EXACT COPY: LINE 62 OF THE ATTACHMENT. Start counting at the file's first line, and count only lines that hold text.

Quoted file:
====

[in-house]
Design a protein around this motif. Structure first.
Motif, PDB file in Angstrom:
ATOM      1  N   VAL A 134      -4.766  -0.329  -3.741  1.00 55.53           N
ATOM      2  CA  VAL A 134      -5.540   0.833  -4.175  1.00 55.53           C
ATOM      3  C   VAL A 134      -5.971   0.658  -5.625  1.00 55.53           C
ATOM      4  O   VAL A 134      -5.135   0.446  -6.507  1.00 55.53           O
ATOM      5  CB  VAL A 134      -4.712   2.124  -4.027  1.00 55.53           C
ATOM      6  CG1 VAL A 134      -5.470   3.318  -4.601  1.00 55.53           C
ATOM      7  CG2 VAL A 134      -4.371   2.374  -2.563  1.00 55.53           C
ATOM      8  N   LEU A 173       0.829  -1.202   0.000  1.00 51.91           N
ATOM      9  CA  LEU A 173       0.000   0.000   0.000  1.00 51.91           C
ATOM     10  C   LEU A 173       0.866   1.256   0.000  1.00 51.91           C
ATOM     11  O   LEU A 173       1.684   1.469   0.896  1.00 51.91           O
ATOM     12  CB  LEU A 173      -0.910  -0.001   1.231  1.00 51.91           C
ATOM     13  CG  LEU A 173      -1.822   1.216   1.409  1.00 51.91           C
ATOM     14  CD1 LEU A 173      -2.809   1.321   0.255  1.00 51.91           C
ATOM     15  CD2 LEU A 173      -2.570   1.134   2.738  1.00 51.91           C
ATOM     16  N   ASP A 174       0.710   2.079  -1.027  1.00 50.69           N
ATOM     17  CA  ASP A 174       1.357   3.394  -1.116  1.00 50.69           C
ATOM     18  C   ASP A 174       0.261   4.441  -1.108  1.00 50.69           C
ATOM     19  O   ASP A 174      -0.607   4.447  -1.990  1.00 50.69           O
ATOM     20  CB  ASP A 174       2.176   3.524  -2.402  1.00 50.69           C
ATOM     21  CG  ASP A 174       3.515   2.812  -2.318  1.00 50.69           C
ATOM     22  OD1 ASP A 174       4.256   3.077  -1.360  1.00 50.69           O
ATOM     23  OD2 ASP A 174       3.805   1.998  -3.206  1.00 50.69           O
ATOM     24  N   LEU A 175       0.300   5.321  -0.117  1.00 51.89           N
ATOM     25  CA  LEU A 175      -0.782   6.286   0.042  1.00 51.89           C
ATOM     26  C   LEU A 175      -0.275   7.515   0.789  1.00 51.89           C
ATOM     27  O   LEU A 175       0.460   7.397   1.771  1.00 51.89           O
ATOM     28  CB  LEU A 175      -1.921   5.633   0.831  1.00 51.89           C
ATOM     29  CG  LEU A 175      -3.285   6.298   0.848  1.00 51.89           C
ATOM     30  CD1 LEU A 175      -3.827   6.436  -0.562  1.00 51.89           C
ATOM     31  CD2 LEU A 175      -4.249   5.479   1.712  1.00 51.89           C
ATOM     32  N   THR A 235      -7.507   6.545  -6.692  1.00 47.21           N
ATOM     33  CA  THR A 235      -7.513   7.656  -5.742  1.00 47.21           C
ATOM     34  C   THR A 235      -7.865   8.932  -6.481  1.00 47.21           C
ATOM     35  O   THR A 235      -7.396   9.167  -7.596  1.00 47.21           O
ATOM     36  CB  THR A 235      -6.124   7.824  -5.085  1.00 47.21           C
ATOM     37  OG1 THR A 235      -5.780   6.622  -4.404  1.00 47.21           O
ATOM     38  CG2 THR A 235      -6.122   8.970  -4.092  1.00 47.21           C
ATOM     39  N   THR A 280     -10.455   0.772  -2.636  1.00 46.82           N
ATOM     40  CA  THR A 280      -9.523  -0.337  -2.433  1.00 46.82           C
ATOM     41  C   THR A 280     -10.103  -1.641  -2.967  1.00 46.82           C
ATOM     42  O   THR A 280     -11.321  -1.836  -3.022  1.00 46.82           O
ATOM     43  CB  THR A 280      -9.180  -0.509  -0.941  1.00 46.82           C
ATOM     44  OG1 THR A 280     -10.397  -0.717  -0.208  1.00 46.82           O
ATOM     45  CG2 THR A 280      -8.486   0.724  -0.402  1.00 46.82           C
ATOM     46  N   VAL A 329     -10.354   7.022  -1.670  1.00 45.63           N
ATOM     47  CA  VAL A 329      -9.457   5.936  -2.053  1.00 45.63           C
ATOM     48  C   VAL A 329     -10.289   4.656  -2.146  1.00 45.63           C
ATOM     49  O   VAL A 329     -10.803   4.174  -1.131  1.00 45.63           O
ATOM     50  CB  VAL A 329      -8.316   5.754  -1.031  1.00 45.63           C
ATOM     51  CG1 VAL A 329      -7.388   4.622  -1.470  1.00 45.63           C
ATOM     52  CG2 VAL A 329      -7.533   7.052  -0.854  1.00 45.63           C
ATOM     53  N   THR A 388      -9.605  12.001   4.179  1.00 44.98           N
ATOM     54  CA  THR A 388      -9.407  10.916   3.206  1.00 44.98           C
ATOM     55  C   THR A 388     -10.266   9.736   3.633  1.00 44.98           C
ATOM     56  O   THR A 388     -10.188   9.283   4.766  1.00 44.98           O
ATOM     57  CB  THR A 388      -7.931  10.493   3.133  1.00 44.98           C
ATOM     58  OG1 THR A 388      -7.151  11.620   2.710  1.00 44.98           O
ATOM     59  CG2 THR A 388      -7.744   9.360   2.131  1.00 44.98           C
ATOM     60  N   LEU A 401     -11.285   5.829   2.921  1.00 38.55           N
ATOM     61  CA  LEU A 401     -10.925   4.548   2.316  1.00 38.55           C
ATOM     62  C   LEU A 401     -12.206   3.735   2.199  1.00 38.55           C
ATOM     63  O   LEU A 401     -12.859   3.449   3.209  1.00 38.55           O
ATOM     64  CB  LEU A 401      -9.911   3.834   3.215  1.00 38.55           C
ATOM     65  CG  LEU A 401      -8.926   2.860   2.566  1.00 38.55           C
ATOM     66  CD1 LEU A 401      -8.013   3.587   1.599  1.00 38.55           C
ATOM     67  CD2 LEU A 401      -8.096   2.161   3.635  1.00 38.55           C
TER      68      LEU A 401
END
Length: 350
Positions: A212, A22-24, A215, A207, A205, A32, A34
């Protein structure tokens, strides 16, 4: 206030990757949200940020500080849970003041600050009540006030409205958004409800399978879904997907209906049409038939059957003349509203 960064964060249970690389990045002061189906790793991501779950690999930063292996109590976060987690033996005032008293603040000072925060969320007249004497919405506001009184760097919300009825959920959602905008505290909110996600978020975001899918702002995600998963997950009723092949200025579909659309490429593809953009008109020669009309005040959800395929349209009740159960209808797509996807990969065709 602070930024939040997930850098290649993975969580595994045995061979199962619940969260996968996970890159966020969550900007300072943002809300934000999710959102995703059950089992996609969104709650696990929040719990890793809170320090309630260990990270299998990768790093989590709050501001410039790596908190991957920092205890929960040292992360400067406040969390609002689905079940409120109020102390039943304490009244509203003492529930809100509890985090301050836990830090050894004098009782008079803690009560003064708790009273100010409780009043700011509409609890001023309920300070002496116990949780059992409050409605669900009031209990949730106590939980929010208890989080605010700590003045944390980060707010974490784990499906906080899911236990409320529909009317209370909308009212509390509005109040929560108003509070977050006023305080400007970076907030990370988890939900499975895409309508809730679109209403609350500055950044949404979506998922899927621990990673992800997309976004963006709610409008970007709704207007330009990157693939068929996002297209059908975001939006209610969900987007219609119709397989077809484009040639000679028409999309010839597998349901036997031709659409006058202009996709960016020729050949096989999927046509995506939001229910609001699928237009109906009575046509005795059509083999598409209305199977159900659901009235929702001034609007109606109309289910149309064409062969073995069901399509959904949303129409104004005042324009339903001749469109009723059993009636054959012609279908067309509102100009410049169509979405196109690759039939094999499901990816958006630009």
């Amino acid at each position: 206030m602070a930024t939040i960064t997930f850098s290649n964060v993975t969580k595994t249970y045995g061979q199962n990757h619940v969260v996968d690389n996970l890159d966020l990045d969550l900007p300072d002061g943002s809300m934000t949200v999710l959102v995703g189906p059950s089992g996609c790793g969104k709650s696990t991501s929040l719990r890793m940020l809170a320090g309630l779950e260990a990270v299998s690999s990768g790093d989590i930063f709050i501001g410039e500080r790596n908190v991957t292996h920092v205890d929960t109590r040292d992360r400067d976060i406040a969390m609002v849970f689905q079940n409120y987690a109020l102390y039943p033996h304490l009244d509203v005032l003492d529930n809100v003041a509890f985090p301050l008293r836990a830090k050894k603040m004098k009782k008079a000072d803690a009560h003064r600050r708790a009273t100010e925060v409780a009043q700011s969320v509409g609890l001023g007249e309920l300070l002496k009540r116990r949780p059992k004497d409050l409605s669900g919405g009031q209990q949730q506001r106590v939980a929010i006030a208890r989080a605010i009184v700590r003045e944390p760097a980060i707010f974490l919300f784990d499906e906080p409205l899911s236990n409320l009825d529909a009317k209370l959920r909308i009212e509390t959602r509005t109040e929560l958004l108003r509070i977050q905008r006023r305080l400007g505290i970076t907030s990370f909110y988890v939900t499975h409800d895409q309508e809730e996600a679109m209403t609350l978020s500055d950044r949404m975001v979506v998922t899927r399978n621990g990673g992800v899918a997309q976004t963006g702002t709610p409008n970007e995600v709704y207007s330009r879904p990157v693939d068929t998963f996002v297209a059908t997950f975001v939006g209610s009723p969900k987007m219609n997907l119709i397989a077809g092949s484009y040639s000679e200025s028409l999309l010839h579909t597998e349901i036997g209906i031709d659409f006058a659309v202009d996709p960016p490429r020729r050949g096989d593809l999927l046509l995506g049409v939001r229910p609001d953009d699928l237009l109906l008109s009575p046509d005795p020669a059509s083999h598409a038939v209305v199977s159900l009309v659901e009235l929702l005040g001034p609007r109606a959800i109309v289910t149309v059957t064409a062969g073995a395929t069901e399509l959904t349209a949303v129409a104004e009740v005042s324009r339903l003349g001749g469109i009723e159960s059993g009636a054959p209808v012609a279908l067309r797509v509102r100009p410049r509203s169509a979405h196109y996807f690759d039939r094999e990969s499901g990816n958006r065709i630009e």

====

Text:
ATOM     59  CG2 THR A 388      -7.744   9.360   2.131  1.00 44.98           C